Responding to pressure from Pennsylvania residents about rising fuel
costs, Gov. Ed Rendell said last week he may ask state lawmakers to temporarily
lift the state’s per-gallon fuel tax.
In the meantime, The Pennsylvania Department of Transportation has
temporarily waived regulations that prohibit commercial haulers that transport
diesel fuel and gasoline from operating more than 11 hours per day. Rendell
requested the waiver.
The waiver, which remains in effect until Sept. 14, only applies to
Rendell said he is also keeping a close eye on what drivers are paying
to fuel up.
“We are monitoring what happens to prices. If you ask me today, ‘Do I
think that the price increase justifies that?’ The answer is no, but we are
going to monitor prices and see where it goes,” Rendell told the Philadelphia Enquirer.
Lifting the tax on fuel would require legislative approval. The General
Assembly is not scheduled to return to the capitol until the end of September.
Such action would not include sales taxes on fuel.
The governor said if he decided to pursue a tax holiday, he could call
a special session at anytime to tackle the fuel tax question.
A loss of tax revenue wouldn’t come without a cost, Rendell said.
“There’s a price that we pay if we do that,” Rendell told news
reporters Sept. 1 at a Harrisburg service station. He said it would “take a big
hunk” out of the $2 billion the tax generates each year for road and bridgework
throughout the state.
However, Pennsylvania wouldn’t be doing truckers any real favors by not
collecting the fuel tax. Truckers would still be required to report and pay for
their International Fuel Tax Agreement miles in the state.
Simply put: If a fuel tax holiday is granted,
truckers who buy fuel in Pennsylvania won’t be paying for the tax on the front
end, but they would have to pay for it later through IFTA quarterly filings.
And that goes for any state that doesn’t waive IFTA miles.
“As more states are looking closely at the
possibility of fuel tax holidays, truckers need to be aware that the savings
they may realize at the pump could be short-lived,” Todd Spencer, executive
vice president of OOIDA, said.
“Even though you don’t pay the tax on the
front end, if you’re running through states that have not waived it, you could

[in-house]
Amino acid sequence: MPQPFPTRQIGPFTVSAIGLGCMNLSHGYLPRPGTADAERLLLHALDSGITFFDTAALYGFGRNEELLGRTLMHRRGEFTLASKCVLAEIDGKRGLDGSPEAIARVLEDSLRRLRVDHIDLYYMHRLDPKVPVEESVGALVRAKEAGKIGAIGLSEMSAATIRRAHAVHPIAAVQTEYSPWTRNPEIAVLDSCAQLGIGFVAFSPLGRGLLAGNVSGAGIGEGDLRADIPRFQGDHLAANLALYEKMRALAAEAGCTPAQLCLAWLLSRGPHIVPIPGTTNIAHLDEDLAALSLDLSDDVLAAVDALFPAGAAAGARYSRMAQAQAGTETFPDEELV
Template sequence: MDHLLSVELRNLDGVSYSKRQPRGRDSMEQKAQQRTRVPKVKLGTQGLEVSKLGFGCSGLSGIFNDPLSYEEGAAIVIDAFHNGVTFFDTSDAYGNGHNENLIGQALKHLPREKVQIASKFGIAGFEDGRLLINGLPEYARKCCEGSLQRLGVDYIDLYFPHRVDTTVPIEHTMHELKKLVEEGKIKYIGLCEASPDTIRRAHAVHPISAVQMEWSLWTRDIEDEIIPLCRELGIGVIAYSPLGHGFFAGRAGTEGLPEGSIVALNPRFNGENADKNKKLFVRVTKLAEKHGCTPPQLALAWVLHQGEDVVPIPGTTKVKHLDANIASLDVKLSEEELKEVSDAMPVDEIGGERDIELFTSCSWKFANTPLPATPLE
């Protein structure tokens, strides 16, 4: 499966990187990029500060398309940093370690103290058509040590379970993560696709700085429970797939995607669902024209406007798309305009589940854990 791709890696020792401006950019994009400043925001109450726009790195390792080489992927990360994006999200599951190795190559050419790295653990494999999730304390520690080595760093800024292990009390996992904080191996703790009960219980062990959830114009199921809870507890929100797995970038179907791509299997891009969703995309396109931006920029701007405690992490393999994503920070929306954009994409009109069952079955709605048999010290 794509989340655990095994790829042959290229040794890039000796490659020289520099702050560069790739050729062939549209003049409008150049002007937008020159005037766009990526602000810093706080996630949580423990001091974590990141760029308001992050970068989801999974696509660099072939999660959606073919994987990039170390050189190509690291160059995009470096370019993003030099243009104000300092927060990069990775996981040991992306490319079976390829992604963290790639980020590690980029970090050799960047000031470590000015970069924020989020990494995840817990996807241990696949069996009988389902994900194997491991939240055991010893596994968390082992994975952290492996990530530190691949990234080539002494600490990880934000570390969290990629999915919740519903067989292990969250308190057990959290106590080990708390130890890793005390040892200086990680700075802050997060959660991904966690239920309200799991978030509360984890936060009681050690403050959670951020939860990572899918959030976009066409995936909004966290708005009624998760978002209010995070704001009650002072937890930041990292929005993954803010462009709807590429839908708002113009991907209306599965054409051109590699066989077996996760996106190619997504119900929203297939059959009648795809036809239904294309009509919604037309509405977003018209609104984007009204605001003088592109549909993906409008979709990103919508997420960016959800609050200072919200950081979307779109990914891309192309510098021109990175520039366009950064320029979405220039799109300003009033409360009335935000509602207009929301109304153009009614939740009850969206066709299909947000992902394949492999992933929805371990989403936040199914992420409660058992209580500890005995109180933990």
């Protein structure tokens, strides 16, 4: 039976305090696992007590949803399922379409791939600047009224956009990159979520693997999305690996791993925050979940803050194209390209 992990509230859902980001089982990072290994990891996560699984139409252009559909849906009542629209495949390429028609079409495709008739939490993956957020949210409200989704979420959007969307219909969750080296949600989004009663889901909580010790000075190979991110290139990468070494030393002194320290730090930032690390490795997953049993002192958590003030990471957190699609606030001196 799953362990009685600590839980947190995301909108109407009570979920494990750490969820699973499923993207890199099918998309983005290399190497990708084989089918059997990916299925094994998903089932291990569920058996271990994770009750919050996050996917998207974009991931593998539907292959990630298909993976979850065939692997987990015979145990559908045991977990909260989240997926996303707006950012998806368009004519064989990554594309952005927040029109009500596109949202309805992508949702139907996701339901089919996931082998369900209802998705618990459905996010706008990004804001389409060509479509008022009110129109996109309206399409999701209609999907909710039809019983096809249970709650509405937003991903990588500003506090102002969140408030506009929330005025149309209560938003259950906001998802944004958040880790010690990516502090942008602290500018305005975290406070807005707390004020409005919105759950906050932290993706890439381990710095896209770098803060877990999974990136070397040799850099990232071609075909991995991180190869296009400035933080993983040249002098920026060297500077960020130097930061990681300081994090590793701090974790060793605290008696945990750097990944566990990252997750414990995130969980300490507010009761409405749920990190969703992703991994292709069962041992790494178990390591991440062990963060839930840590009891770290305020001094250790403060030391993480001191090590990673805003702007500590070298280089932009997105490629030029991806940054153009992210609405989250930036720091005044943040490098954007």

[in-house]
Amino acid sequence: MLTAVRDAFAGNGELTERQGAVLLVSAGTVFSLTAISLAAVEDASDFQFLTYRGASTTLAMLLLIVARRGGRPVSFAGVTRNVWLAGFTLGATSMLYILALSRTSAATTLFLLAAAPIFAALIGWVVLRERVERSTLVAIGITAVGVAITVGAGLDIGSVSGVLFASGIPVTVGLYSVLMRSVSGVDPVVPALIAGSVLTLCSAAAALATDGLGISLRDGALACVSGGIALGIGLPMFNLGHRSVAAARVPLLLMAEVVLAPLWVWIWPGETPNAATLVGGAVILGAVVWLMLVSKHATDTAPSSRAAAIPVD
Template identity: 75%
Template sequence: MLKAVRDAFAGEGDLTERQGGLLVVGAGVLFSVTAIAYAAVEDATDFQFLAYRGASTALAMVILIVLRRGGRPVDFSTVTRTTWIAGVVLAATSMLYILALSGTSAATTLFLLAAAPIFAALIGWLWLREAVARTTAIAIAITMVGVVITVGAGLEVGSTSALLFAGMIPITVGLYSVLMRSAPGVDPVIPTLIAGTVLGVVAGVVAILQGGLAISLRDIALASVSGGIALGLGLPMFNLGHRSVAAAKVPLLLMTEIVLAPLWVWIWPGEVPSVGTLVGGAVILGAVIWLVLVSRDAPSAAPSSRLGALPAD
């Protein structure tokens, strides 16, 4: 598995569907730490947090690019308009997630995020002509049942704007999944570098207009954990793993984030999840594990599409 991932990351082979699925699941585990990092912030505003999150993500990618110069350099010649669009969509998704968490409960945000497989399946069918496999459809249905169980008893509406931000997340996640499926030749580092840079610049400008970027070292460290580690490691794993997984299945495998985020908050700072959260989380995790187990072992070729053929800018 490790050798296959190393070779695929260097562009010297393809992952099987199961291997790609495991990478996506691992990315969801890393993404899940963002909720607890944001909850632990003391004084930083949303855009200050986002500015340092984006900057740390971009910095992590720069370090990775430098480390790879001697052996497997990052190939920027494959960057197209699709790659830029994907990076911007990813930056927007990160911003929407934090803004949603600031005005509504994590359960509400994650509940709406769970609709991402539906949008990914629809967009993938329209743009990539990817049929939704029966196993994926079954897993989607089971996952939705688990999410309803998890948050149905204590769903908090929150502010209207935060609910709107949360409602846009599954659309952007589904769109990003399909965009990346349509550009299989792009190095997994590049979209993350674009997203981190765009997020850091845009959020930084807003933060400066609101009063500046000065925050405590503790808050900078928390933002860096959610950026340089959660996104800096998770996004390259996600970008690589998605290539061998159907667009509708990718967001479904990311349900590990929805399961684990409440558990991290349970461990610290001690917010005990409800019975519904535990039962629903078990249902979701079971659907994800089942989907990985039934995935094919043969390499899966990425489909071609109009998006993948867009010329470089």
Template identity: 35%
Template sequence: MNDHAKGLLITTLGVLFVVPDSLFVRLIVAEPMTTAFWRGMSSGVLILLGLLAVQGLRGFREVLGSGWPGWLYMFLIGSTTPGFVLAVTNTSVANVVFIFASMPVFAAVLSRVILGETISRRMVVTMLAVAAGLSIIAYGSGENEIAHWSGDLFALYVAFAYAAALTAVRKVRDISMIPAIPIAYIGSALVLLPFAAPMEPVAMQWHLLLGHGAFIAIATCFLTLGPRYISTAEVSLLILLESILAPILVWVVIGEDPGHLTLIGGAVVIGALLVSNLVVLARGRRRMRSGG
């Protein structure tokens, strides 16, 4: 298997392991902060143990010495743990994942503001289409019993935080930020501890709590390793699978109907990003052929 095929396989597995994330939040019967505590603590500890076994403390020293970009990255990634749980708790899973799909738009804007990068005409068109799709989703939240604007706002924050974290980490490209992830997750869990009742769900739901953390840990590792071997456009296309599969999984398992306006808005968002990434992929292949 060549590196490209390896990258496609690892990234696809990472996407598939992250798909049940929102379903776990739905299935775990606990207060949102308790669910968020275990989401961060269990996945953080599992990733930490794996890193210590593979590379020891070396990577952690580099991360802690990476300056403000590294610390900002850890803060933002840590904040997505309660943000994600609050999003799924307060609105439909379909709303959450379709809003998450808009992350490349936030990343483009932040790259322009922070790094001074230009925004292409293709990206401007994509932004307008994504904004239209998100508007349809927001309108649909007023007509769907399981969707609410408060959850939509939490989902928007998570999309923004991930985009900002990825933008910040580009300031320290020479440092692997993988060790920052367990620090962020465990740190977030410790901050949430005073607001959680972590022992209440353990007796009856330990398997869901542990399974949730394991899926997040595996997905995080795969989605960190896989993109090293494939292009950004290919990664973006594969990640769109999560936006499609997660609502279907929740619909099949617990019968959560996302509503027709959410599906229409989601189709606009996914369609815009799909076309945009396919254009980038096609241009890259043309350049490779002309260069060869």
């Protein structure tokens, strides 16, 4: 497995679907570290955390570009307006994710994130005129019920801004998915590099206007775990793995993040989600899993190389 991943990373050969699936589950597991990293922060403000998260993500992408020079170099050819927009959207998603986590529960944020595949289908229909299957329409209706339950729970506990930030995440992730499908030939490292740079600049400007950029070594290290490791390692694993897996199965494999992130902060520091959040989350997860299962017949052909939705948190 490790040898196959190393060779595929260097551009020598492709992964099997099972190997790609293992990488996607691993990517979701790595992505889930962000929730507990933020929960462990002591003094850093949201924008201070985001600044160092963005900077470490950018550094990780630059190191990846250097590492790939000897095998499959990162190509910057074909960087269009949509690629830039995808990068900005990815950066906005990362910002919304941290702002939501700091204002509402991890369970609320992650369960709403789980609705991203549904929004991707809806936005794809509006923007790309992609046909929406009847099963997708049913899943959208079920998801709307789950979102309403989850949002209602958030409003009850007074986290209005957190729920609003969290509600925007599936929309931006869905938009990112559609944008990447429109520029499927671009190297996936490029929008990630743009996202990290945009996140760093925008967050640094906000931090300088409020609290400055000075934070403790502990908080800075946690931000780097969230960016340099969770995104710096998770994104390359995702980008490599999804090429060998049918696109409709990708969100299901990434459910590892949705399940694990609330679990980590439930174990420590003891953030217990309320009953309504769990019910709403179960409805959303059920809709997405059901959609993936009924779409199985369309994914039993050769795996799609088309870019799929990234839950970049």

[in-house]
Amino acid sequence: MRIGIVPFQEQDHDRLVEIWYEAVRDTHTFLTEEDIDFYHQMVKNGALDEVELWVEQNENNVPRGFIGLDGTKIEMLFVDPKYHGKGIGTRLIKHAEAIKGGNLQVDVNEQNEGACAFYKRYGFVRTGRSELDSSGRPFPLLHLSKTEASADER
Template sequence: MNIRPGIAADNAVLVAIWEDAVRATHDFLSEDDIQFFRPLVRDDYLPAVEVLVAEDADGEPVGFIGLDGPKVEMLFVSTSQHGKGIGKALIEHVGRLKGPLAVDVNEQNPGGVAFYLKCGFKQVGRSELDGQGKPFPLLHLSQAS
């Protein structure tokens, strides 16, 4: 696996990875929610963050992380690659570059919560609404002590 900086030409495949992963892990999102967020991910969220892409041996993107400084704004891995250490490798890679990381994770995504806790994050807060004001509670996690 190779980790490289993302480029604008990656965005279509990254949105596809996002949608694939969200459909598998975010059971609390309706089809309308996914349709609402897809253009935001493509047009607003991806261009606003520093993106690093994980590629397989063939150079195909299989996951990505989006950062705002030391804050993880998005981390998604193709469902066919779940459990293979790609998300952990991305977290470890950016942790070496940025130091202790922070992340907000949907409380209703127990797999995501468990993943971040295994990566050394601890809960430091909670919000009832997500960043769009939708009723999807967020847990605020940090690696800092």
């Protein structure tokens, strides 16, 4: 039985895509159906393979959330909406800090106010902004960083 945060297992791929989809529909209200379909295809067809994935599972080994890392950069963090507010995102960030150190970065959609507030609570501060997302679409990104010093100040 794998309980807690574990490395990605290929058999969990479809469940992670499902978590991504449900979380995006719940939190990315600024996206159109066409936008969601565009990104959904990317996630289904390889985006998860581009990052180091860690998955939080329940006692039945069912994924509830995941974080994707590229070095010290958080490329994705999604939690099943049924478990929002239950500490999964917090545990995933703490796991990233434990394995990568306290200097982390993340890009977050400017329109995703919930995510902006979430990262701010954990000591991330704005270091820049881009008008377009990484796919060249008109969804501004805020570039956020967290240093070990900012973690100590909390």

wind up owing a sizeable chunk on your quarterly reports.”
Rendell said he is also closely watching for reports of price gouging
and whether a fuel shortage is approaching.
If supply is restricted enough, the governor
said he could enact a “fuel emergency” in the state. Declaring a fuel emergency
would give him the authority to prosecute price gougers, rollback prices and
institute certain rationing efforts, the Enquirer reported.
Pennsylvania isn’t alone in its pursuit of
combating higher prices at the pump brought on by Hurricane Katrina.
Georgia Gov. Sonny Perdue has issued a month-long moratorium
on the state’s 7.5-cent-per-gallon tax on gasoline and diesel fuel. Unlike
proposals in other states, the order also includes a suspension of the
state’s 4 percent sales tax on fuel until the end of September. The tax breaks
will cost the state about $75 million in tax revenue.
Other states considering fuel cost relief
- Wisconsin Republicans are pushing a plan to give residents
a fuel tax holiday for the rest of the year. Instead, Democratic Gov. Jim
Doyle wants to repeal the state’s minimum markup requirement for diesel
Sept. 1, a new Hawaii law limits the wholesale price of gasoline, making
it the first state in the nation to limit prices.
- A New Jersey
lawmaker is considering legislation that would mimic Hawaii’s price cap – and include diesel fuel.
- Democrats in
the Missouri House want Gov. Matt Blunt to expand the agenda of the
special session that started Tuesday, Sept. 6, to include a two-week fuel
tax holiday that would cut the state’s 17-cent-a-gallon tax on diesel and
gasoline to 7 cents a gallon. The Republican governor’s office has called
the plan a “risky scheme.”
– By Keith
Goble, state legislative editor
Land Line staff editor Jami Jones contributed to this report.